think they have a lot of time. I think they are wrong." He said a key
moment will come in 2015, the date when the world's governments have
pledged to strike a global deal to limit carbon emissions
. But he said that fund managers need to move now. If they wait till 2015, "it will be too late for them to take action."
funds are also concerned. "Every pension fund manager needs to ask
themselves have we incorporated climate change and carbon risk into our
investment strategy? If the answer is no, they need to start to now,"
said Howard Pearce, head of pension fund management at the Environment
Agency, which holds £2bn in assets.
Stern and Leaton both point to
China as evidence that carbon cuts are likely to be delivered. China's
leaders have said its coal use will peak in the next five years, said
Leaton, but this has not been priced in. "I don't know why the market
does not believe China," he said. "When it says it is going to do
something, it usually does." He said the US and Australia were banking
on selling coal to China but that this "doesn't add up".
Jeremy Grantham, a billionaire fund manager who oversees $106bn of assets, said his company was on the verge of pulling out of all coal and unconventional fossil fuels
such as oil from tar sands. "The probability of them running into
trouble is too high for me to take that risk as an investor." He said:
"If we mean to burn all the coal and any appreciable percentage of the
tar sands, or other unconventional oil and gas then we're cooked. [There
are] terrible consequences that we will lay at the door of our
Fossil fuels and vested interests: a society in denial
We need to get used to the idea that we can't burn most of what we already have
Almost all the fossil
fuel reserves will have to be written off to provide a decent chance of
keeping the planet safe. Photograph: Shawn Baldwin/Corbis
The report released by Lord Stern and thinktank Carbon Tracker
paints a picture of society in denial. It shows we're pumping almost
$700bn (£458bn) of hard-earned savings and pensions annually into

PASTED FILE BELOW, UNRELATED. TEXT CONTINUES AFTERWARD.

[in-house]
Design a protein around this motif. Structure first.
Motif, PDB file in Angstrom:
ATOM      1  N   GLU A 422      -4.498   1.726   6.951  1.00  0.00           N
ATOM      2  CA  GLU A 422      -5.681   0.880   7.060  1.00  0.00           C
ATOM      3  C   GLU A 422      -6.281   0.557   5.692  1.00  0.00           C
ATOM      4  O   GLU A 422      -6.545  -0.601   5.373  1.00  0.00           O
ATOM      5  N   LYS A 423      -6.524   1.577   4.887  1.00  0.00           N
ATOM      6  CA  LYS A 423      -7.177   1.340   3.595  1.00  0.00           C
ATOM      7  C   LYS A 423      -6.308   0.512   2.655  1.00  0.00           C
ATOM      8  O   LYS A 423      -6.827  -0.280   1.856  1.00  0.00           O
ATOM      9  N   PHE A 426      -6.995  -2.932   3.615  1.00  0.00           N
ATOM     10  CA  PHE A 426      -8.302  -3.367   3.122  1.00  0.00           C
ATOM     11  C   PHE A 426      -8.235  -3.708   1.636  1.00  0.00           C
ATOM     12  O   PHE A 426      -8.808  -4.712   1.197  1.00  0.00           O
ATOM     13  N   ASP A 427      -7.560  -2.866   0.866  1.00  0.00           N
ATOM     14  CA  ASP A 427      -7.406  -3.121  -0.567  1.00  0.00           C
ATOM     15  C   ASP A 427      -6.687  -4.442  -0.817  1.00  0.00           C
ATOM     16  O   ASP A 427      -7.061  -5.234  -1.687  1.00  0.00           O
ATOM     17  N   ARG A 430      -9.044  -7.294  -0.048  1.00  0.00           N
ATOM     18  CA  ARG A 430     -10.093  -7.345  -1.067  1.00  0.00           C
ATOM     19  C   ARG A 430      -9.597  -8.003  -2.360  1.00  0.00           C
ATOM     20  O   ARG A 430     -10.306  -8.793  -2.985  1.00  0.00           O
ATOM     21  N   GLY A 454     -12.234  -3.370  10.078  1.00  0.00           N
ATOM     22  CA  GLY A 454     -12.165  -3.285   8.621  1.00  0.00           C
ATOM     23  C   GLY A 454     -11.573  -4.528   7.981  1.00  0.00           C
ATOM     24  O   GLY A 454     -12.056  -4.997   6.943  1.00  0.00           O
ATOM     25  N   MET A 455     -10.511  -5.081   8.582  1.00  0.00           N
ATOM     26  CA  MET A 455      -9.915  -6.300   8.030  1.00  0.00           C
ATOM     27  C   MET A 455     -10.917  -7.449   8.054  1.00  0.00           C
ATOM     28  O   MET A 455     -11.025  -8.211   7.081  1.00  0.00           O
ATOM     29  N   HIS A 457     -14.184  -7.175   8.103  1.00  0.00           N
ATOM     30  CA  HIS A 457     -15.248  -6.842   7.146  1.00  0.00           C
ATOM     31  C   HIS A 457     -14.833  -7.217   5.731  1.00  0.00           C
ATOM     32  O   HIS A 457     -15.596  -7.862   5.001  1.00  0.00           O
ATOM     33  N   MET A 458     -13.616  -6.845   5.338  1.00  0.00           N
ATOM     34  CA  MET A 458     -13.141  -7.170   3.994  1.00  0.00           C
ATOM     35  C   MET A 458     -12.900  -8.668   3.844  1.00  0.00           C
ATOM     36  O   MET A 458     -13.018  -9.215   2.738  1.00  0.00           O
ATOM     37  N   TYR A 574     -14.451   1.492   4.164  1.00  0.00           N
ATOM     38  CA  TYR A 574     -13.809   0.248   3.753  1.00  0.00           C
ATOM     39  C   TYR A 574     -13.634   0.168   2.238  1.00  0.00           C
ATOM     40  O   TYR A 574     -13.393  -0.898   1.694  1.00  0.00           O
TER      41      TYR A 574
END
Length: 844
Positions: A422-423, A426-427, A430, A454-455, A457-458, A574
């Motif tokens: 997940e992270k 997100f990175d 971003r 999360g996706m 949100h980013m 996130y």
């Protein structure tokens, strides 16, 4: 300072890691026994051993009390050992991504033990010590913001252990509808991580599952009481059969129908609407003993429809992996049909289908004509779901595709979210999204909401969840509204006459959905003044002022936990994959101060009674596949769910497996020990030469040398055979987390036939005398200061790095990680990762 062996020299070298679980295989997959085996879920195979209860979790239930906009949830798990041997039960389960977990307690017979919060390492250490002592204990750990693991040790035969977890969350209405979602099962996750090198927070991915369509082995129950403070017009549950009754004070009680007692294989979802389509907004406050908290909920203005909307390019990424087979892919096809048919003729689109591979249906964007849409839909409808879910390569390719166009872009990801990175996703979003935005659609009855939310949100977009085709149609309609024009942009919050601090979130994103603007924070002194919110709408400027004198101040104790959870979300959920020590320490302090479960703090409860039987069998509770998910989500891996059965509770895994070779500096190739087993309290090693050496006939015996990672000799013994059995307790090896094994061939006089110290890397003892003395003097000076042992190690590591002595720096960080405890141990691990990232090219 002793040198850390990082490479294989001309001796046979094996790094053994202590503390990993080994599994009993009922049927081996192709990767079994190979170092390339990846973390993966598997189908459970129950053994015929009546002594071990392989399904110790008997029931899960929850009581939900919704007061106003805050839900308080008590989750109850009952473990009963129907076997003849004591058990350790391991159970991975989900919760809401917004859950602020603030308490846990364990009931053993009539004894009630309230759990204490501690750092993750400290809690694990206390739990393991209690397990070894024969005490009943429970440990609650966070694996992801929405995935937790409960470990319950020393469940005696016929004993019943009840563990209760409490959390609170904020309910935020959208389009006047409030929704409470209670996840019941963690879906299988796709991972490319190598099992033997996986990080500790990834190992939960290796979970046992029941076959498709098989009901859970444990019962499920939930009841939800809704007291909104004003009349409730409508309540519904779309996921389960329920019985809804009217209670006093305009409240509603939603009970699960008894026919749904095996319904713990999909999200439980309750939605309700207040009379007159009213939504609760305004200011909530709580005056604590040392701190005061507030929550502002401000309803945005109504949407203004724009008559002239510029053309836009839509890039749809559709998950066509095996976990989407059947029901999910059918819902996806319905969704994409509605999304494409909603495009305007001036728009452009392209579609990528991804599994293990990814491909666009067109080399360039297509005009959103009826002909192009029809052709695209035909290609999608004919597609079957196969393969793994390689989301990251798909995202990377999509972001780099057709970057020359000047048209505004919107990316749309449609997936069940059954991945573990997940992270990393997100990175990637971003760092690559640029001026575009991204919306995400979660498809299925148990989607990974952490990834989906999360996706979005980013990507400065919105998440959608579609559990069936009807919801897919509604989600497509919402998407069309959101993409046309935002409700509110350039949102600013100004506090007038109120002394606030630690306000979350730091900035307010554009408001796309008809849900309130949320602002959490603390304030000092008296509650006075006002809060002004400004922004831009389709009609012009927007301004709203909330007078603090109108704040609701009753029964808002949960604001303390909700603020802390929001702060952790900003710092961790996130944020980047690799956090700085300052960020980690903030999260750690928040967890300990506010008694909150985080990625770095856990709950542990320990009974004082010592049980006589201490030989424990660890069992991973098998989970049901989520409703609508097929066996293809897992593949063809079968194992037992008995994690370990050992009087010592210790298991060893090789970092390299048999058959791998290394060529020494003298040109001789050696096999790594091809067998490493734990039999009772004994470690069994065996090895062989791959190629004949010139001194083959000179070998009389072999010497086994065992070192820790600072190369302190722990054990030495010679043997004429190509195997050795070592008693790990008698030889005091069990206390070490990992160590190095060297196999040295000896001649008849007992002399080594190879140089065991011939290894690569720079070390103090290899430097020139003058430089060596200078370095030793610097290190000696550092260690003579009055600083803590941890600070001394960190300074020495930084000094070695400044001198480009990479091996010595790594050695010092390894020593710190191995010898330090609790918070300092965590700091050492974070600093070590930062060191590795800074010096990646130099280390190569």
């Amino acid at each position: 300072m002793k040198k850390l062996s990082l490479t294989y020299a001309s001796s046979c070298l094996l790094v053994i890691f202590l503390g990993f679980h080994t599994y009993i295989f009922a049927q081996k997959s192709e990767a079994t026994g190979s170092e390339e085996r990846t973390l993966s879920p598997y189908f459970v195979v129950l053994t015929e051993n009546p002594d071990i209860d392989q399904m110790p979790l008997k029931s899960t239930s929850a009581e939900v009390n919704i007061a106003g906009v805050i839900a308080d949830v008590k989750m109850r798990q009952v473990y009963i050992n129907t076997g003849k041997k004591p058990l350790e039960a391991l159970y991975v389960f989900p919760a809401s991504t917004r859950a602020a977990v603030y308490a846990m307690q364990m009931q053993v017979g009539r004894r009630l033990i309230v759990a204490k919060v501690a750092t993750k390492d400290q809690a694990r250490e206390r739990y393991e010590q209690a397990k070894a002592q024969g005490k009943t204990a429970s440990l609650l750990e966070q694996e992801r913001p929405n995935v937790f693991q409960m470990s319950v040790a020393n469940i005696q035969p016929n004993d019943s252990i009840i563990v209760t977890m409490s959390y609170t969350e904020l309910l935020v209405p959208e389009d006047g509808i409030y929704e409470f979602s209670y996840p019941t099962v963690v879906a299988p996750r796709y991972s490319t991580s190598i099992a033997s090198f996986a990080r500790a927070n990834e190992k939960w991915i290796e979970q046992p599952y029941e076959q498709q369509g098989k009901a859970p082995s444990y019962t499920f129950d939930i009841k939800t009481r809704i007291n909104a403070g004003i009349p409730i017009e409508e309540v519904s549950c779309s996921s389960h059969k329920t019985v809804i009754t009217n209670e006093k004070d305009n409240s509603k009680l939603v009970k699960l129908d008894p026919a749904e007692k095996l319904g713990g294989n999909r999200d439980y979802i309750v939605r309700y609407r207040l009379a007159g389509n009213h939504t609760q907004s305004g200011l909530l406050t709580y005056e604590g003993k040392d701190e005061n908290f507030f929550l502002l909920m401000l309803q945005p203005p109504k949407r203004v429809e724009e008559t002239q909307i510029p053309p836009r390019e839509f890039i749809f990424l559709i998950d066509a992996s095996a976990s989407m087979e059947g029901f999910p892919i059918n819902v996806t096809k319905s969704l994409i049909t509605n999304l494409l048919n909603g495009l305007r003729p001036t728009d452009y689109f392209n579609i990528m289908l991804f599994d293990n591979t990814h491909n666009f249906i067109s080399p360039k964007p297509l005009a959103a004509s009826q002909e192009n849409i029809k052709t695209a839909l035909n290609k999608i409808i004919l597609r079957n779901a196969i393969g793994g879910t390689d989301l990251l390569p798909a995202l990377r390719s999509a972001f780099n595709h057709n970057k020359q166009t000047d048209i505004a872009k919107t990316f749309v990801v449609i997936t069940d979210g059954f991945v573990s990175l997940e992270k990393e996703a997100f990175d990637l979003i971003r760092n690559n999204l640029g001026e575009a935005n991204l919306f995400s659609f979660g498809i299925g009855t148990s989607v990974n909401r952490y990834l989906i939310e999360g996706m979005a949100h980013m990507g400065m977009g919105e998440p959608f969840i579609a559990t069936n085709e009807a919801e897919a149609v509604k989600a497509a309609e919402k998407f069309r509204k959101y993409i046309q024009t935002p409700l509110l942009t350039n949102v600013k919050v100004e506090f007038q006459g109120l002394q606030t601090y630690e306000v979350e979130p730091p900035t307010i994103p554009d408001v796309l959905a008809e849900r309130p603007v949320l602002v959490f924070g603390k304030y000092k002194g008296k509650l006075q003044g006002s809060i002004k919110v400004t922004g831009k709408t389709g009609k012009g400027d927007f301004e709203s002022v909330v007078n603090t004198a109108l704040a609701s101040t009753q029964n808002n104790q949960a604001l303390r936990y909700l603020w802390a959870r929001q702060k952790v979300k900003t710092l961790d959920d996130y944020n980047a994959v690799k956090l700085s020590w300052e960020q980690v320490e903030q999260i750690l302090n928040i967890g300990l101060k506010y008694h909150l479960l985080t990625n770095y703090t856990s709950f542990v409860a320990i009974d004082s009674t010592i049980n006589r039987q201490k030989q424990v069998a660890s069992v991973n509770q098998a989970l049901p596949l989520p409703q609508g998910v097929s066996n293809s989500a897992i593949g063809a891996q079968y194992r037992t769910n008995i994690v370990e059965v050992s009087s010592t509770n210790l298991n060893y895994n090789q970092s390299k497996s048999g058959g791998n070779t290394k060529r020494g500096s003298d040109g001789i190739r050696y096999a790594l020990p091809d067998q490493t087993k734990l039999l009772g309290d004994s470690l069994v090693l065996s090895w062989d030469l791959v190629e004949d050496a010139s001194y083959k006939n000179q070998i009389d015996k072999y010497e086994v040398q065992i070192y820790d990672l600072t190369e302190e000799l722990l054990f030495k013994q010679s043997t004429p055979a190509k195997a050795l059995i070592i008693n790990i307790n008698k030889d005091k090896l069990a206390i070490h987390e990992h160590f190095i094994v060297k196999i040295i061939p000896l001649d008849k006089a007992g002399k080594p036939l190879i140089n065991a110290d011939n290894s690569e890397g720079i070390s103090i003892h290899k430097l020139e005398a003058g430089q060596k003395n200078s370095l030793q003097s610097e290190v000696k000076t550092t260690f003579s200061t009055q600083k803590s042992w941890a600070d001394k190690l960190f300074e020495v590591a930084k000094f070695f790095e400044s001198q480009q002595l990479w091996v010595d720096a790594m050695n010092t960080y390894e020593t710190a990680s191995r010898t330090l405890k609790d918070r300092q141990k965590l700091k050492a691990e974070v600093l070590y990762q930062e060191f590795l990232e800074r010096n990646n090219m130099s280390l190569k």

finding new reserves of fossil fuels
even though it's clear that almost all of those reserves will have to
be written off to provide a decent chance of keeping the planet safe.
The ever-inflating "carbon bubble
is only part of the bigger picture, because most of the world's fuel –
around three-quarters in total and almost all the oil and gas – is owned
not by listed companies but by governments. And we don't need only to
stop expanding the world's fossil fuel reserves; we also need to get
used to the idea that we can't burn most of what we already have.
is a much trickier problem, because with Carbon Tracker's detailed
analysis and growing awareness of the carbon bubble, investors will
surely soon start waking up to the madness of putting capital into
expanding fuel reserves. But there's little self-interest – only
planetary interest – in leaving existing fuel assets in the ground.
need to write off existing reserves shines a revealing light on global
climate politics, because when you map out the world's fossil fuel
reserves, a striking correlation emerges between the amount of carbon a
country has in the ground and its keenness for – or resistance to – a
global climate deal.
Take Britain. Sure, there's lots wrong with
our green policies but nonetheless the UK's climate laws are
world-leading. Why? Partly because we have good campaigners, perhaps.
But also perhaps because we have virtually no fossil fuels – and
therefore nothing much to lose. According to BP, the UK's proven
economically viable reserves would run out at current production rates
in just seven years for oil, four years for gas and 12 years for coal.
is true for Europe as a whole and indeed Africa. So it's perhaps no
surprise that these two continents – along with the low-lying island
nations – have pushed hardest for a global climate deal. They
collectively own less than a tenth of the carbon. Even if you factor in
all the nations involved in the Cartagena Dialogue
– a loose-knit body of countries proactively engaging in efforts to
push for a global deal – you get to only a fifth of the total.
contrast, those countries with the biggest fossil fuel reserves – such
as the US, China, Saudi Arabia and Canada – tend to be much more
recalcitrant when it comes to climate politics. The US has 18% of the
total and therefore plenty of assets that might need to be written off
if the world agreed to tackle climate change
And it's surely no coincidence that of all the South American nations
it was oil-rich Venezuela that did its best to block the last-minute
progress at the 2011 talks in Durban.
Why can't we quit fossil fuels?
Despite the clean technology of the past decade, we continue to extract and burn fossil fuels more than ever before
A coal-fired power
station in Gelsenkirchen, Germany dwarfs a wind turbine in the
foreground. Photograph: Image Broker/Rex Features
We have far more oil, coal
and gas than we can safely burn. For all the millions of words written about climate change
the challenge really comes down to this: fuel is enormously useful,
massively valuable and hugely important geopolitically, but tackling